9. Sometimes it feels like the more I learn about the craft of writing, the more areas there seem to be that need attention. I would be discouraged, except everyone who has gone through the process seems to say the pain is worth it!

    It took me a while to be able to ask for a no-holds critique, but once I picked my crushed creative heart up off the floor and gave it some time to recover, the feedback was great and I was definitely able to improve.

    The best part of being part of a writing group (yours sounds great) or connected to the on-line community, is that you realise you aren't the only one going through it. Best of luck with the rewrite - I hope you find the something your story needs.

  10. When I sent my first polished version of my current manuscript off to be professionally appraised, I honestly thought I'd get a pat on the head and maybe a few minor points to consider. Wow was I wrong!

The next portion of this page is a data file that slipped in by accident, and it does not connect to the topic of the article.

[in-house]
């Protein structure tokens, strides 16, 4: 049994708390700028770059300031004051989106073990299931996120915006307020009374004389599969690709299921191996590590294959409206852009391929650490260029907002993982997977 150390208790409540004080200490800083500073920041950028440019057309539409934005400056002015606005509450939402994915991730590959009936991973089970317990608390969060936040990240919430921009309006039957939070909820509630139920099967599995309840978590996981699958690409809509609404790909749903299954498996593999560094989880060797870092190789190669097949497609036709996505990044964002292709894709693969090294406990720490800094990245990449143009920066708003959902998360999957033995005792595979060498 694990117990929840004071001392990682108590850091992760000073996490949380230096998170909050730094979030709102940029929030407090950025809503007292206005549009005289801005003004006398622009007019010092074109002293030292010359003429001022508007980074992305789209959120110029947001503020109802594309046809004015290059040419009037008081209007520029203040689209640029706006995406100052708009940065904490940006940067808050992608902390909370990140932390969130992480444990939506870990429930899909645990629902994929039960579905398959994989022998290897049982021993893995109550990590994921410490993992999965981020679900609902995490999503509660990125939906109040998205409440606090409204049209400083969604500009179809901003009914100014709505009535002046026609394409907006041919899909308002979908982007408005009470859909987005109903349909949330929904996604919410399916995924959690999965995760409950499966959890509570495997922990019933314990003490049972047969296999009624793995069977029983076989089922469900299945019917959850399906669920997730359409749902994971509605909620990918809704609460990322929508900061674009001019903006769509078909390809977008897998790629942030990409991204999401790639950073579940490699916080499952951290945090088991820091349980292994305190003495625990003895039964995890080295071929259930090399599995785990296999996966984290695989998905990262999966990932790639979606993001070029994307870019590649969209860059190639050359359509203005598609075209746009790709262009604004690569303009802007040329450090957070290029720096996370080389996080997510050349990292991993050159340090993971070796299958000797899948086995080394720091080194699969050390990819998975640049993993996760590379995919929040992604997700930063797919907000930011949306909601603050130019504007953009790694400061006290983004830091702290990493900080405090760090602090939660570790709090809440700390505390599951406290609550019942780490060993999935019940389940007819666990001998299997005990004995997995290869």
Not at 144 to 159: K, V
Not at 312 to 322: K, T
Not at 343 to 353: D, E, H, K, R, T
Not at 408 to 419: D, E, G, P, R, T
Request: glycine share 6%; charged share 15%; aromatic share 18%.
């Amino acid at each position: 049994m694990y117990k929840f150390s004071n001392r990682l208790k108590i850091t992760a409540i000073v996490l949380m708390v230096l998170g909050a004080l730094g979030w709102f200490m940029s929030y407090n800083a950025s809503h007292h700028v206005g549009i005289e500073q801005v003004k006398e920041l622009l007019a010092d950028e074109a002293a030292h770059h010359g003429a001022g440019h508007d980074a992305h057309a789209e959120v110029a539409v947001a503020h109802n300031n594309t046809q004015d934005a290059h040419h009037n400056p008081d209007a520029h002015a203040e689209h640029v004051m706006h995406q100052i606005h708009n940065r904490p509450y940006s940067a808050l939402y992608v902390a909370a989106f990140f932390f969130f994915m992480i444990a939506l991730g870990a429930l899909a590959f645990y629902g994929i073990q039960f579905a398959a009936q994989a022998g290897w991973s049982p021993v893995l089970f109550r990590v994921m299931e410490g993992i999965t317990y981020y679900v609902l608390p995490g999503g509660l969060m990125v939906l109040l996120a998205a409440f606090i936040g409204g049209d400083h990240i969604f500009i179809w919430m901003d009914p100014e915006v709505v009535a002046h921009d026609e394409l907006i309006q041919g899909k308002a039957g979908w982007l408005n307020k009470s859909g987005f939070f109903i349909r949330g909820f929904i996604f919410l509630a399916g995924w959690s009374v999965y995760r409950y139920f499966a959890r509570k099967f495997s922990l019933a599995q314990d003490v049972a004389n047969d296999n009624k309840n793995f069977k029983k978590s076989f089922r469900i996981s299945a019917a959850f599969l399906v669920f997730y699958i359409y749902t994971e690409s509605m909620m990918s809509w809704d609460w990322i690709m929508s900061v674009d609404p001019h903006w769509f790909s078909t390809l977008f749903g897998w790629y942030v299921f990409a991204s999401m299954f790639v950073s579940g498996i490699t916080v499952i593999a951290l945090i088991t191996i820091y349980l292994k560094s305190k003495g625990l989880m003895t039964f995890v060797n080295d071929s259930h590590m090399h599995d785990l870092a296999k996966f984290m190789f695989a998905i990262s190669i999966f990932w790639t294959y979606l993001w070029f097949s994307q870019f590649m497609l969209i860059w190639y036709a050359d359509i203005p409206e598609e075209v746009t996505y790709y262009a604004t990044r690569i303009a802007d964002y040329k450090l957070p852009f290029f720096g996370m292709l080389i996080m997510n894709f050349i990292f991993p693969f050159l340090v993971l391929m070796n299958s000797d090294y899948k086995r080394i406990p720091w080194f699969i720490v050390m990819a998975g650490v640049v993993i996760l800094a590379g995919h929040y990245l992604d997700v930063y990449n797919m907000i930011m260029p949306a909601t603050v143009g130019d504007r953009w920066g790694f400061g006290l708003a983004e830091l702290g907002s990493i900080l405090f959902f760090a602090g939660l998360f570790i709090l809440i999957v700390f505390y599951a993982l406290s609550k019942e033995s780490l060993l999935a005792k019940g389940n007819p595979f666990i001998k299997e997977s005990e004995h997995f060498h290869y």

It took me a while to come to terms with the fact that the appraiser was right, but I got there eventually and then completely re-wrote the whole book. I've ended up with much stronger characterization as a result, and my writing skills have improved a lot by tackling the major issues they brought to my attention.

    In short, I'm so glad I listened! :-)

  11. It's a funny thing isnt it? Even if you think you've taken a sledgehammer to it, you still miss the thing that really makes the difference. I rewrote the start of my first book and my critique group said it was hugely improved. I tried to apply that knowledge to my second book, but maybe this time I'm giving too much setting and detail - why do I think that? Because the sample is being sampled, but not being bought! I think my readers are telling me something...